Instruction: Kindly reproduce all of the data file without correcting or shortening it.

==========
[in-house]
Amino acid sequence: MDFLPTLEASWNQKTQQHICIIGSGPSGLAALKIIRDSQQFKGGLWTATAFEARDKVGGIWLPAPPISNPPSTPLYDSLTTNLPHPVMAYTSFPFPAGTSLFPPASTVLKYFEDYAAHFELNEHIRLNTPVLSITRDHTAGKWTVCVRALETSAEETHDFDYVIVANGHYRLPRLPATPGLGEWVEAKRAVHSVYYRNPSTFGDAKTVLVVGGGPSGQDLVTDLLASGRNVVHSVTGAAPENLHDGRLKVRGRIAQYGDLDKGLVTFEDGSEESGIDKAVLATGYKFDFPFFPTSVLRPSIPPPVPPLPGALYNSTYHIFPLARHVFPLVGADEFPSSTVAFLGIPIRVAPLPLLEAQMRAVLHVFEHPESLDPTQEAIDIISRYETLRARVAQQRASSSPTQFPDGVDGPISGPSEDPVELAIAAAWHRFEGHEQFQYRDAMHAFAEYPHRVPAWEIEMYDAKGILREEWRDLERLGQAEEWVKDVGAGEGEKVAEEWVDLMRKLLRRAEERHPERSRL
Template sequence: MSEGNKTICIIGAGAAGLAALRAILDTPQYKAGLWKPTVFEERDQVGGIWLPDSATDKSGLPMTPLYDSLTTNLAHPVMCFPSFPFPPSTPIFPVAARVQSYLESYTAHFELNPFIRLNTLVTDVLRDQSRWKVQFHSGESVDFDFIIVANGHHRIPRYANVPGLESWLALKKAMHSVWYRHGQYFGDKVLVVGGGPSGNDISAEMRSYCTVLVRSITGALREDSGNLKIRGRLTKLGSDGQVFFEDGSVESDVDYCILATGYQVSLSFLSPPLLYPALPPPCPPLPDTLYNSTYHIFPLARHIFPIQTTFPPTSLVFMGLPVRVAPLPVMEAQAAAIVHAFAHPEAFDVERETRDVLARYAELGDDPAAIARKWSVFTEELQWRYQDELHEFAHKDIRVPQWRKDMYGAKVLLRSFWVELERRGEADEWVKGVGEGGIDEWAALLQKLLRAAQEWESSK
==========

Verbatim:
[in-house]
Amino acid sequence: MDFLPTLEASWNQKTQQHICIIGSGPSGLAALKIIRDSQQFKGGLWTATAFEARDKVGGIWLPAPPISNPPSTPLYDSLTTNLPHPVMAYTSFPFPAGTSLFPPASTVLKYFEDYAAHFELNEHIRLNTPVLSITRDHTAGKWTVCVRALETSAEETHDFDYVIVANGHYRLPRLPATPGLGEWVEAKRAVHSVYYRNPSTFGDAKTVLVVGGGPSGQDLVTDLLASGRNVVHSVTGAAPENLHDGRLKVRGRIAQYGDLDKGLVTFEDGSEESGIDKAVLATGYKFDFPFFPTSVLRPSIPPPVPPLPGALYNSTYHIFPLARHVFPLVGADEFPSSTVAFLGIPIRVAPLPLLEAQMRAVLHVFEHPESLDPTQEAIDIISRYETLRARVAQQRASSSPTQFPDGVDGPISGPSEDPVELAIAAAWHRFEGHEQFQYRDAMHAFAEYPHRVPAWEIEMYDAKGILREEWRDLERLGQAEEWVKDVGAGEGEKVAEEWVDLMRKLLRRAEERHPERSRL
Template sequence: MSEGNKTICIIGAGAAGLAALRAILDTPQYKAGLWKPTVFEERDQVGGIWLPDSATDKSGLPMTPLYDSLTTNLAHPVMCFPSFPFPPSTPIFPVAARVQSYLESYTAHFELNPFIRLNTLVTDVLRDQSRWKVQFHSGESVDFDFIIVANGHHRIPRYANVPGLESWLALKKAMHSVWYRHGQYFGDKVLVVGGGPSGNDISAEMRSYCTVLVRSITGALREDSGNLKIRGRLTKLGSDGQVFFEDGSVESDVDYCILATGYQVSLSFLSPPLLYPALPPPCPPLPDTLYNSTYHIFPLARHIFPIQTTFPPTSLVFMGLPVRVAPLPVMEAQAAAIVHAFAHPEAFDVERETRDVLARYAELGDDPAAIARKWSVFTEELQWRYQDELHEFAHKDIRVPQWRKDMYGAKVLLRSFWVELERRGEADEWVKGVGEGGIDEWAALLQKLLRAAQEWESSK